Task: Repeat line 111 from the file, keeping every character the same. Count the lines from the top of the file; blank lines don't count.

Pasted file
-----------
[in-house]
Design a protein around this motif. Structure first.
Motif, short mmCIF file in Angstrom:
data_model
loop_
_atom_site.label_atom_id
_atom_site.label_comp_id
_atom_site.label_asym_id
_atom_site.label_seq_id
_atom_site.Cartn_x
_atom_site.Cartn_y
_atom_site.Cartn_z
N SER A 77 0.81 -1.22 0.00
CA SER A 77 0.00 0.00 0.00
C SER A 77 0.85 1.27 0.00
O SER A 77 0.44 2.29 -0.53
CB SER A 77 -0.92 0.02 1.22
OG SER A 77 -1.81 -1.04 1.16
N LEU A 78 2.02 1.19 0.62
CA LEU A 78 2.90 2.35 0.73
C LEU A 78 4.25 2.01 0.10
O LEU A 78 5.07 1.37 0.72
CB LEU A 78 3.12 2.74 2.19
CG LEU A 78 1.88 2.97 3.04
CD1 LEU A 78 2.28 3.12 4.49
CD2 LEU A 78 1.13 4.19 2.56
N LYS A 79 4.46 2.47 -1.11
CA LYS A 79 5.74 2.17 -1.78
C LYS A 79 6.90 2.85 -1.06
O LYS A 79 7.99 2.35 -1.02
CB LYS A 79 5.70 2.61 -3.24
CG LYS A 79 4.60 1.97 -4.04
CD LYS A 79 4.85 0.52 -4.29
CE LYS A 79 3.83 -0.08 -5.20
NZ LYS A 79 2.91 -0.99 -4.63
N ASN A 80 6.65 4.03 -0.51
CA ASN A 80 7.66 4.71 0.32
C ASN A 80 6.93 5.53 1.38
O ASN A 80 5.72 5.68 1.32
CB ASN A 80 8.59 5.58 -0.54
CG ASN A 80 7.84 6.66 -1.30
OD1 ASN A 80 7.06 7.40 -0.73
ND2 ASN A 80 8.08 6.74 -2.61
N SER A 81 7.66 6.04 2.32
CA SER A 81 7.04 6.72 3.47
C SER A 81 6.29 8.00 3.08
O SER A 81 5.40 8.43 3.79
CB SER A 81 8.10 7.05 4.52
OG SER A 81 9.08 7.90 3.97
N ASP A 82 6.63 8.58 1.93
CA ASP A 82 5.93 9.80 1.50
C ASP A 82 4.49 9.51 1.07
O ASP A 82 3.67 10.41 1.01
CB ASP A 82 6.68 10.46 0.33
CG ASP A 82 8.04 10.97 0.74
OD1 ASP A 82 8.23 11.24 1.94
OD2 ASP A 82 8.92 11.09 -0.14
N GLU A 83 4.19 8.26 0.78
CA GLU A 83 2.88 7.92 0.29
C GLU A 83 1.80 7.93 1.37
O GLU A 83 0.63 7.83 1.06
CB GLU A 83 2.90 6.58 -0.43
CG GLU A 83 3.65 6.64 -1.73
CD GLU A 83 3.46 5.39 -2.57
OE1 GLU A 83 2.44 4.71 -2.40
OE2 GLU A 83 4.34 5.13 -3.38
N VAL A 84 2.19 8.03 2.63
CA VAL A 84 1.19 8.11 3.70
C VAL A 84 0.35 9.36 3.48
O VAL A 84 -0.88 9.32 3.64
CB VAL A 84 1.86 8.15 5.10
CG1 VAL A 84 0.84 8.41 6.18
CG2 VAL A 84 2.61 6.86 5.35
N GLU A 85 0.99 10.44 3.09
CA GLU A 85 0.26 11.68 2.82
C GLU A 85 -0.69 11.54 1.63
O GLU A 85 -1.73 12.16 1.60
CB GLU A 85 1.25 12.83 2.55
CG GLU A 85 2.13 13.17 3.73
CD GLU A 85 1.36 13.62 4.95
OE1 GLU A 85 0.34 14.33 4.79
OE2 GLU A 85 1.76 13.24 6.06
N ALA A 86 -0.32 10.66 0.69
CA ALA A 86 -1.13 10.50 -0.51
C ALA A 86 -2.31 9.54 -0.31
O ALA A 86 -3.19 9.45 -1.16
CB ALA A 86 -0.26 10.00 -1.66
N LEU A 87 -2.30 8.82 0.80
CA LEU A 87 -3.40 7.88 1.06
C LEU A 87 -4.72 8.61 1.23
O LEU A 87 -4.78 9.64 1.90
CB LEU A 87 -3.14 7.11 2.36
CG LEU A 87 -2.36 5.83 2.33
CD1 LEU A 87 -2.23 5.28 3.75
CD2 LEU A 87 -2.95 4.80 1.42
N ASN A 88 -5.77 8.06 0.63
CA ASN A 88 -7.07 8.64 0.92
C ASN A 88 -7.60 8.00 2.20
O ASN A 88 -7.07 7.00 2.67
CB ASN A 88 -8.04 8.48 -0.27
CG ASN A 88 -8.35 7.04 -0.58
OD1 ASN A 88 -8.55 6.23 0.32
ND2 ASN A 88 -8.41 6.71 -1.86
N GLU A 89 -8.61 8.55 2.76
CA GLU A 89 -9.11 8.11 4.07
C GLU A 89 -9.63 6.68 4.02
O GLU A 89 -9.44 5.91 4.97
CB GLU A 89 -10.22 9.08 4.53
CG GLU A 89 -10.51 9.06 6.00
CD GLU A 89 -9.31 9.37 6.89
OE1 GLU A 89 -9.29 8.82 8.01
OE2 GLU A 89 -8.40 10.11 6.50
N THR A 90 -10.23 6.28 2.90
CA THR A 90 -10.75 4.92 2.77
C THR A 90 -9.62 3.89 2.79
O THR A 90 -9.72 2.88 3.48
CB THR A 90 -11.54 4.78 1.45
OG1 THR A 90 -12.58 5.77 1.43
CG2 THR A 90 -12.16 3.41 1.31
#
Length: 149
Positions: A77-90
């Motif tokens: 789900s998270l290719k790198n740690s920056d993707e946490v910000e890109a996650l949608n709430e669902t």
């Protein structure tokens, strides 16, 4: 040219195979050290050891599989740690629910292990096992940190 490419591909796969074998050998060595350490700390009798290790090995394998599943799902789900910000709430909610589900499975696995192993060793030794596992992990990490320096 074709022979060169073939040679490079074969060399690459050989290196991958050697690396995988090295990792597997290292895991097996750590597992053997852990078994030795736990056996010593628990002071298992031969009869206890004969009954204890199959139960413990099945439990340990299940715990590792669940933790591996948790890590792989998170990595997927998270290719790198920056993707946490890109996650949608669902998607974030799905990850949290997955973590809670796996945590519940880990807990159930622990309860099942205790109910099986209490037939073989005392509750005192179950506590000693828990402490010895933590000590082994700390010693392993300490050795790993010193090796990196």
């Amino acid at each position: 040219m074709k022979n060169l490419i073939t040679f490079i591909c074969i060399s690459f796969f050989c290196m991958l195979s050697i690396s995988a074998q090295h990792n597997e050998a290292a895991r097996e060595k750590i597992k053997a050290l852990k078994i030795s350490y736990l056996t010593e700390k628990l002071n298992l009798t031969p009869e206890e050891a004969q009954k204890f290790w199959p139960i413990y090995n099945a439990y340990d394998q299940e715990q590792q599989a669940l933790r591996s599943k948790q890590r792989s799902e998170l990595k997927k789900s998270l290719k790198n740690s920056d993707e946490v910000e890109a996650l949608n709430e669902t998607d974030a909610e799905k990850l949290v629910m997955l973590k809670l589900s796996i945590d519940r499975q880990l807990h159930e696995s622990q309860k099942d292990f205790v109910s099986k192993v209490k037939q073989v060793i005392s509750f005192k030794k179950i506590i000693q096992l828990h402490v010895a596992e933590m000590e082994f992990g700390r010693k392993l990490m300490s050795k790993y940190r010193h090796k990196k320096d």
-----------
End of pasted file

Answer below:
OE1 GLU A 89 -9.29 8.82 8.01